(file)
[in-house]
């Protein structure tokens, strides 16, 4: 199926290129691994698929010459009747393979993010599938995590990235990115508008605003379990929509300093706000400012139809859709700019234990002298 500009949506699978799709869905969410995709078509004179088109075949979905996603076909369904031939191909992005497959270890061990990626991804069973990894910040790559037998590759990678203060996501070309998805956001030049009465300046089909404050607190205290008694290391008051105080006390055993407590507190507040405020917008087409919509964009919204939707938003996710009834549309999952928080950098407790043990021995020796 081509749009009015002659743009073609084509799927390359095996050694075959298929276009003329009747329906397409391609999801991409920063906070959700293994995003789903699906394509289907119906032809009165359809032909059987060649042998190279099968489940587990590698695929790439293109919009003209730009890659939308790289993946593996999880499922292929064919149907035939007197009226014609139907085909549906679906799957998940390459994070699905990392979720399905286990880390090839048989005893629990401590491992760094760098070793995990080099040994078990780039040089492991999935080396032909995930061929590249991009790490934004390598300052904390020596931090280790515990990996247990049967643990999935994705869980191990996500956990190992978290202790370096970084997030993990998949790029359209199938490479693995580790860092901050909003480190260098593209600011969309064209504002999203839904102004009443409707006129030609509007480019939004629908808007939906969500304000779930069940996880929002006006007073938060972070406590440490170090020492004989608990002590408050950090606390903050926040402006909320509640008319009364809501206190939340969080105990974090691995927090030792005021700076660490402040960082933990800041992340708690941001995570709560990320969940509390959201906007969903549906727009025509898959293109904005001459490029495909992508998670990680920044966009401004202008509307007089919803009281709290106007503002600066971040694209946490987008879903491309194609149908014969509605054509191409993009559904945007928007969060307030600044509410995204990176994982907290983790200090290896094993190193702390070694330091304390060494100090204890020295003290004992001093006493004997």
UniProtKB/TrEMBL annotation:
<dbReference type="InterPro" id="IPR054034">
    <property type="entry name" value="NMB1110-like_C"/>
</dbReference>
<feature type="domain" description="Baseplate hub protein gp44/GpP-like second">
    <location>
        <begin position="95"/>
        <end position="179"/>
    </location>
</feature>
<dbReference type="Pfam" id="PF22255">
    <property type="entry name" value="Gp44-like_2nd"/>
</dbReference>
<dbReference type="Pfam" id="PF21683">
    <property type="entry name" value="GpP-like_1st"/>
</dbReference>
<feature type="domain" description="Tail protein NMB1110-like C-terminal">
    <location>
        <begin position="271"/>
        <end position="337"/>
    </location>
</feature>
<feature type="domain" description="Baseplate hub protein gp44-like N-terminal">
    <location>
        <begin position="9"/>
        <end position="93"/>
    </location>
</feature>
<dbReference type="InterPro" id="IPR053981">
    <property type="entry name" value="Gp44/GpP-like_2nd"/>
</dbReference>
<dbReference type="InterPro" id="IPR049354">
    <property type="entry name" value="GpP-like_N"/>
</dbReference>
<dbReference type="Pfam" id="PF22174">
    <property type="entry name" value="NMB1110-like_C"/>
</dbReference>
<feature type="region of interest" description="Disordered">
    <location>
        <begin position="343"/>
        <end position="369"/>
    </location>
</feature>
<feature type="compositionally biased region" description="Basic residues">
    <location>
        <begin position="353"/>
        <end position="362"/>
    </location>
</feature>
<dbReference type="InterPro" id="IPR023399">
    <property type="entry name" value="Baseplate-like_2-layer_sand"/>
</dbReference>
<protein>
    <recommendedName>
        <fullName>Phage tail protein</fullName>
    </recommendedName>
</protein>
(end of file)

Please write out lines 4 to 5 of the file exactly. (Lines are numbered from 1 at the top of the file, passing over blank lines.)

<dbReference type="InterPro" id="IPR054034">
    <property type="entry name" value="NMB1110-like_C"/>